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Wearing her hijab, “Mounia” from Yemen heard the gospel and felt the love of God in our international church because of her Rwandan classmate’s invitation and her husband’s permission. Without Arabic or visa for Yemen, instead of flying to Sana’a, we walked two meters to welcome her. From a country with 0.03% evangelicals, could she take the gospel back home?
In December 2015, more than two hundred forty leaders involved in mission mobilization from more than thirty countries gathered in Nairobi, Kenya for the second Global Mobilization Consultation (GMC). To better welcome many different kinds and styles of mobilization and mobilizers, this paper was written before the event in order to provide a simple but clear idea of mission, along with a broad, descriptive definition of mobilization emerging from scripture and practice. Leaders from several countries worked together to produce this paper, with some modifications made at the event. The lead author was Steven C. Hawthorne.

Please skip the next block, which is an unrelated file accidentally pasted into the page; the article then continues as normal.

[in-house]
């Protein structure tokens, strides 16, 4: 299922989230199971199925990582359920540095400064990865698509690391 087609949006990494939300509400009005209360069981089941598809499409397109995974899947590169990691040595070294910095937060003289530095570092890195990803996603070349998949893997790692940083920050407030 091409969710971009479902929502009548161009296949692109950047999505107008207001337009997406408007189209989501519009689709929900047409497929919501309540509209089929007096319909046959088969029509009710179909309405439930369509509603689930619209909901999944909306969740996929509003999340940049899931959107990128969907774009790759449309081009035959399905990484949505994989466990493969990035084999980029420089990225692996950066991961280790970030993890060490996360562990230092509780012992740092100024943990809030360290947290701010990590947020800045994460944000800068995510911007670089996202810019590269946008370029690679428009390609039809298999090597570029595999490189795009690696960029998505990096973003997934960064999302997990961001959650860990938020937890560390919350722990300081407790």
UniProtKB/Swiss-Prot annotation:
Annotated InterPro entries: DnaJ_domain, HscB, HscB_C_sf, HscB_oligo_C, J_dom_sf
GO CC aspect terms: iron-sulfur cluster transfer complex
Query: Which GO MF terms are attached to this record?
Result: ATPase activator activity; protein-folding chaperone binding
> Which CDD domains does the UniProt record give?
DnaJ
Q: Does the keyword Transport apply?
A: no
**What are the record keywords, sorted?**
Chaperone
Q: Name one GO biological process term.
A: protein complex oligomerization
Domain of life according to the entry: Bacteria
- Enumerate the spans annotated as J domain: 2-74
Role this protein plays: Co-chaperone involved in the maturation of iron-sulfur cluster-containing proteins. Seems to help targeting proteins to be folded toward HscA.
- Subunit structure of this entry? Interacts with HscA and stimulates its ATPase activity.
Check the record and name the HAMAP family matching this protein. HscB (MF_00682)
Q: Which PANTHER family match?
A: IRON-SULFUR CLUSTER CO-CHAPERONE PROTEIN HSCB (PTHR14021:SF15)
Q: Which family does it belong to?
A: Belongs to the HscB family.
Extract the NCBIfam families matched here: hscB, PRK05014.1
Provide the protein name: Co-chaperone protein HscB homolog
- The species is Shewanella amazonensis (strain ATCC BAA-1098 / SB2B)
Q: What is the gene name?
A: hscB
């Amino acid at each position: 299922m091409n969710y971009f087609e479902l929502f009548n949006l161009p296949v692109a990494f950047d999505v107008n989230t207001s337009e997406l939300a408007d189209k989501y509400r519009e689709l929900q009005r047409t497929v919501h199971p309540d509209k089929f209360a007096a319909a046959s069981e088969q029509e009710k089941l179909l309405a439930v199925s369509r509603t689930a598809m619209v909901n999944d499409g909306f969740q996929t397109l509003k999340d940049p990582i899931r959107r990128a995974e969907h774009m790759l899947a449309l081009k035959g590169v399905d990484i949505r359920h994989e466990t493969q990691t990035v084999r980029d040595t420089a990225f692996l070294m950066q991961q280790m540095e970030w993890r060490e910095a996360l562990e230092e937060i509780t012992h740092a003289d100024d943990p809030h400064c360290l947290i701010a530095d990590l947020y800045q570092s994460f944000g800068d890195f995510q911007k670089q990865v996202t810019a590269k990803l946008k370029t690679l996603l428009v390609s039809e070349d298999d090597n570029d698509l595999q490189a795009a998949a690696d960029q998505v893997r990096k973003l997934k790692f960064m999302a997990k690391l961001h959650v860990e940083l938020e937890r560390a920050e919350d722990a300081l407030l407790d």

We live in an unprecedented period of mission history. The new paradigm of “from anywhere to everywhere” is by nature complex, resulting in an increasing need to partner with others for effective ministry. The challenge of connecting with potential partners in the global context is best done in and through the evolving world of networks.
Hindsight is always 20/20 and peering into the rearview mirror of missions history, attempting to see it from God’s perspective, is a formidable, but exhilarating, endeavor. One modern thinker who has done a stellar job of helping us understand when, where, and how God has been at work over the centuries is missiologist Dr. Ralph Winter, founder of the U.S. Center for World Mission (now Frontier Ventures).